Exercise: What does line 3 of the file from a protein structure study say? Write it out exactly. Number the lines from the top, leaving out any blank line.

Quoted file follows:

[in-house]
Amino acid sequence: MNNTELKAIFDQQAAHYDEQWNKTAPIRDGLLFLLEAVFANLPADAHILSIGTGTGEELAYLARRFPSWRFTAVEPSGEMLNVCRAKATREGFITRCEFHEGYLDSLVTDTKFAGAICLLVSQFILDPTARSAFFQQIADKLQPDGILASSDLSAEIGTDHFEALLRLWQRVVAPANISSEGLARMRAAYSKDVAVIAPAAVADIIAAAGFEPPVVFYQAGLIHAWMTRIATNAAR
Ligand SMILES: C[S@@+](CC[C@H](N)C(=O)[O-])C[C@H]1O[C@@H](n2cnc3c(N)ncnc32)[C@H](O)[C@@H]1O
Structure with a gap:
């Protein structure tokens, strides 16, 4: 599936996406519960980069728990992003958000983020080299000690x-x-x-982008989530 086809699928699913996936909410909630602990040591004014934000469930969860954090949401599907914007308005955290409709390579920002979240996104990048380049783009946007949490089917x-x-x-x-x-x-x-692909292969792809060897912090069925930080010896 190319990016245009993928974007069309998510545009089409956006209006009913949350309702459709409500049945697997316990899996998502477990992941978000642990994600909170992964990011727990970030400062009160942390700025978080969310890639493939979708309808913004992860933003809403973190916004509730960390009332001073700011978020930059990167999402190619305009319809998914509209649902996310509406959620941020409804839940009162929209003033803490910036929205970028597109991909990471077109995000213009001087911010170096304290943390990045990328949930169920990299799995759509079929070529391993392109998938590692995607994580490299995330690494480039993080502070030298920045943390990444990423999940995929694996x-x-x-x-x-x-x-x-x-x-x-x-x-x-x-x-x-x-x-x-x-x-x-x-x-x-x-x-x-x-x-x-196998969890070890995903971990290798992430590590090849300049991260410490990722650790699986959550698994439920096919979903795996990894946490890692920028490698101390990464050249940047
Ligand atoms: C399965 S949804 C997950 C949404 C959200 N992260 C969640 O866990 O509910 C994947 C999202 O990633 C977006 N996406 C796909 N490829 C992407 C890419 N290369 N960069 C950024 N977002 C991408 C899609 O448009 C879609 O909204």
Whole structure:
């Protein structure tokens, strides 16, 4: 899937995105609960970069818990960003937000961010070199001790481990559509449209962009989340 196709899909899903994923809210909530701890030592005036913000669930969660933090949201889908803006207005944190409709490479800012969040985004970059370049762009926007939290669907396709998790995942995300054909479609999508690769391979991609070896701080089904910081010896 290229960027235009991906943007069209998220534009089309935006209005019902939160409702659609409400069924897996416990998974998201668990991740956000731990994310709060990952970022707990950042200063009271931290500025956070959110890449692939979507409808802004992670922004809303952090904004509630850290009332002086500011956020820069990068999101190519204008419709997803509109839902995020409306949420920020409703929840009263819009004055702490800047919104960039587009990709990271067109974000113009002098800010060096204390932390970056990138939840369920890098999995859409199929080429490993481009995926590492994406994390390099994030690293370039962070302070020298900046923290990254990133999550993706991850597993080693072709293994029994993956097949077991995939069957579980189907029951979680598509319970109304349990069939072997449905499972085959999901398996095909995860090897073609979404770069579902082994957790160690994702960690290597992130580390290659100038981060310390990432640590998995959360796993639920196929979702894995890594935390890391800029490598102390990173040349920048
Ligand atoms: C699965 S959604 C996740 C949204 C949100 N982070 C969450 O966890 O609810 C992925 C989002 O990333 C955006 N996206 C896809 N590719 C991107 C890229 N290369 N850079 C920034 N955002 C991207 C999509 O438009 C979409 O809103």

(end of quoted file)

Ligand SMILES: C[S@@+](CC[C@H](N)C(=O)[O-])C[C@H]1O[C@@H](n2cnc3c(N)ncnc32)[C@H](O)[C@@H]1O